ranked choice voting

Mal Leary / Maine Public/file

Maine’s ranked-choice voting law had its day in court Thursday.

The Maine Supreme Judicial Court heard oral arguments that could determine the fate of the citizen initiative passed by voters in November. The court’s views on the constitutionality of the law will likely influence legislators to either keep the first-in-the-nation system, ditch it altogether or try to amend the constitution.

AUGUSTA, Maine - Maine's highest court is set to hear arguments on the constitutionality of an election overhaul approved by voters last fall.

Ranked-choice voting allows Maine residents to rank ballot choices from first to last and ensures that the winner gets a majority. But there are questions of constitutionality, and the Maine Senate asked the Supreme Judicial Court to weigh in.

Oral arguments were set for Thursday.

Nationwide, a dozen cities have adopted ranked-choice voting, and Maine voters became the first to endorse the system for statewide elections.

Maine Public/file

Maine voters approved a measure this past fall to adopt a ranked-choice voting system for statewide elections. Now lawmakers who are trying to implement the new law are asking the Maine Supreme Court to weigh in on whether it’s constitutional.

Debate: Ballot Question 5

Oct 21, 2016

YOUR VOTE 2016 - BALLOT QUESTION 5 - We host a debate on Ballot Question 5 - An act to establish ranked-choice voting (live from our Lewiston studio)

Guests: Representing Yes on Question 5 - Kyle Bailey, Campaign Manager of the Committee for Ranked Choice Voting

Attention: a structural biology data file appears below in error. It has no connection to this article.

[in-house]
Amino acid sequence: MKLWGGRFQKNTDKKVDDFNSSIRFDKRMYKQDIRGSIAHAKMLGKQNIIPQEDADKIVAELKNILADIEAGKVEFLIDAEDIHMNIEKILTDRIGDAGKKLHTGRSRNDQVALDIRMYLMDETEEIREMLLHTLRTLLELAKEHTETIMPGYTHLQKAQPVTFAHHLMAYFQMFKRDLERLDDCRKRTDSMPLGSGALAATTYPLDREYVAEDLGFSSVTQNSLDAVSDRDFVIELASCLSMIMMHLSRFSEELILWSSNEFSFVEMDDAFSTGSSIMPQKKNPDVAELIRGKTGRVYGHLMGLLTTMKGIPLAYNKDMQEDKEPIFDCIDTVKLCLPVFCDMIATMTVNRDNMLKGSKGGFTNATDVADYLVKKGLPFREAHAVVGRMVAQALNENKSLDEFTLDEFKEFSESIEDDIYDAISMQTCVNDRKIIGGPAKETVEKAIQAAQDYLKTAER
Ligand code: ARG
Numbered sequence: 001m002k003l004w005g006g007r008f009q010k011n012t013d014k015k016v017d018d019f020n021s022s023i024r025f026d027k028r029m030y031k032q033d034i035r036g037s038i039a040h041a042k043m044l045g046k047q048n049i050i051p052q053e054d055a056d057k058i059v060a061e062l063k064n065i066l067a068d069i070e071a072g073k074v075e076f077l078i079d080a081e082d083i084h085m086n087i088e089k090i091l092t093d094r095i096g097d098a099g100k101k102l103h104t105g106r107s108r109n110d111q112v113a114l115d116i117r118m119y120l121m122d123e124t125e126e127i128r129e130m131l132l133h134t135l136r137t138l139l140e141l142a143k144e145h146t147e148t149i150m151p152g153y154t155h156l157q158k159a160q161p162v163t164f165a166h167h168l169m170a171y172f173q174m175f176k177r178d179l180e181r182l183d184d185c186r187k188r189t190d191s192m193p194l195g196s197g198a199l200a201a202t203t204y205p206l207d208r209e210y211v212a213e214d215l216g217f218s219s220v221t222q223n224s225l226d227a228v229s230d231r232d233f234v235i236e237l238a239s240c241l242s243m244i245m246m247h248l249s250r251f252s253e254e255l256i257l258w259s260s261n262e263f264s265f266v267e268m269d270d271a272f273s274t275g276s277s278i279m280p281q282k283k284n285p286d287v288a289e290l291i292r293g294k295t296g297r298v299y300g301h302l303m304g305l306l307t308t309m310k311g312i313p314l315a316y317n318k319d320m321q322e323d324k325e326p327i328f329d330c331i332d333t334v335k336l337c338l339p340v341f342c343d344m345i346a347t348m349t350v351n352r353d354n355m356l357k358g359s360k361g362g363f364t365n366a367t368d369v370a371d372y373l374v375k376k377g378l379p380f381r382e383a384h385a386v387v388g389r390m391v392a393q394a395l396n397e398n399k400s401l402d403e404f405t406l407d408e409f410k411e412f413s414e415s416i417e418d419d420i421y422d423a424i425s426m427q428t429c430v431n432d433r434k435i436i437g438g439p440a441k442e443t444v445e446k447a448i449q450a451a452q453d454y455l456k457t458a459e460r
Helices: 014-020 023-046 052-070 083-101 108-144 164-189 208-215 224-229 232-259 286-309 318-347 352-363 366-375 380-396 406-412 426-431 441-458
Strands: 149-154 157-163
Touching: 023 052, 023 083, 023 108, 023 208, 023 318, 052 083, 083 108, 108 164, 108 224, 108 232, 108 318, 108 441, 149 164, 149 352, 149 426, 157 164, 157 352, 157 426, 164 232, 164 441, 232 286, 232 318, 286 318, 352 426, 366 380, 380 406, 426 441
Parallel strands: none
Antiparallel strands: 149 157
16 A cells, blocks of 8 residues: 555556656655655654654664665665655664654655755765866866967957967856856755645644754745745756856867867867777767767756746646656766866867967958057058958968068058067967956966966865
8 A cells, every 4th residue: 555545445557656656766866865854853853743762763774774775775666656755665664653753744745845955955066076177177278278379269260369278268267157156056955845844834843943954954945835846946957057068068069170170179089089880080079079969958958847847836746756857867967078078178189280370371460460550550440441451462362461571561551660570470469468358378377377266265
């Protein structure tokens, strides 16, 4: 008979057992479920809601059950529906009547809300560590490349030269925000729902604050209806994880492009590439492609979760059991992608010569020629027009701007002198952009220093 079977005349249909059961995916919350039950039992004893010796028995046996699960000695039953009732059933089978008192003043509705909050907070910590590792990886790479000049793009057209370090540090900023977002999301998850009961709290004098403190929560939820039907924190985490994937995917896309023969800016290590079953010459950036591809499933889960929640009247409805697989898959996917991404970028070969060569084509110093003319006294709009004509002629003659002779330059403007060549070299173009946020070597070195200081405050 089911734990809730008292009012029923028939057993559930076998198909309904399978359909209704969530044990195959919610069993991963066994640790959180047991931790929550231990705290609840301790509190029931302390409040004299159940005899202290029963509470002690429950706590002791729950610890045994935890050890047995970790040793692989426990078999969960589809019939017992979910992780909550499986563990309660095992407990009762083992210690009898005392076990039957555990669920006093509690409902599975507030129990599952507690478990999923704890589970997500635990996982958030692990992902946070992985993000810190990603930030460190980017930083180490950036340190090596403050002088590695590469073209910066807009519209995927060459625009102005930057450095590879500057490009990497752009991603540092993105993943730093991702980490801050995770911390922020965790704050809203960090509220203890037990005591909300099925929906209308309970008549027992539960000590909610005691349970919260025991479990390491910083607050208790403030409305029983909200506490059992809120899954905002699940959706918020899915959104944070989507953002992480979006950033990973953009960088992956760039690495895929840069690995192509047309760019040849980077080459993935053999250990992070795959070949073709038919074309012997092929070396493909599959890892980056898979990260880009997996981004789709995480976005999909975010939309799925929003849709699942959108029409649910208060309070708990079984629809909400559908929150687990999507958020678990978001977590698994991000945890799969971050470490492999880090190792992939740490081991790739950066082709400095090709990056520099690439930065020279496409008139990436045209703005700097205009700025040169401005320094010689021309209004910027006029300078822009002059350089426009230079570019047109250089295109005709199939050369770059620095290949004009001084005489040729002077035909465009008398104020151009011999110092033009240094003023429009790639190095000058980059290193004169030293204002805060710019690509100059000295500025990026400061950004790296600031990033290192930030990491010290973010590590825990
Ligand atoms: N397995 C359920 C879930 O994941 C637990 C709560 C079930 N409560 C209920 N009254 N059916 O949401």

Representing No on Question 5 - Rep. Heather Sirocki of Scarborough  

This video from Minnesota Public Radio offers a clever explanation of how ranked choice voting works: Click here to view the video.

AUGUSTA, Maine — Maine Senate President Mike Thibodeau has written Attorney General Janet Mills asking her opinion on whether the citizen initiative before the Legislature that would establish ranked choice voting in the state is constitutional.

“If the Attorney General were to come back with her opinion being that it is in violation of the constitution, that may be the next logical step, reaching out to the Supreme Court.” Thibodeau says.

AUGUSTA, Maine - A top election official says a ballot question that would provide ranked-choice voting in Maine elections could violate the state Constitution.

The Portland Press Herald reports that Deputy Secretary of State Julie Flynn says she's concerned that candidates elected under the system could be challenged in court if voters approve the ballot question.

Mal Leary / MPBN

AUGUSTA, Maine — Supporters of instant-runoff voting, sometimes called ranked-choice voting, have submitted nearly 70,000 signatures to initiate legislation in Maine that would require the process in electing members of Congress, the Legislature and the governor's office.

AUGUSTA, Maine - Unlike some other states, Maine doesn't require that a candidate for governor get more than 50 percent of the vote to win. In fact, since 1970, only three Maine governors have exceeded that threshold of support.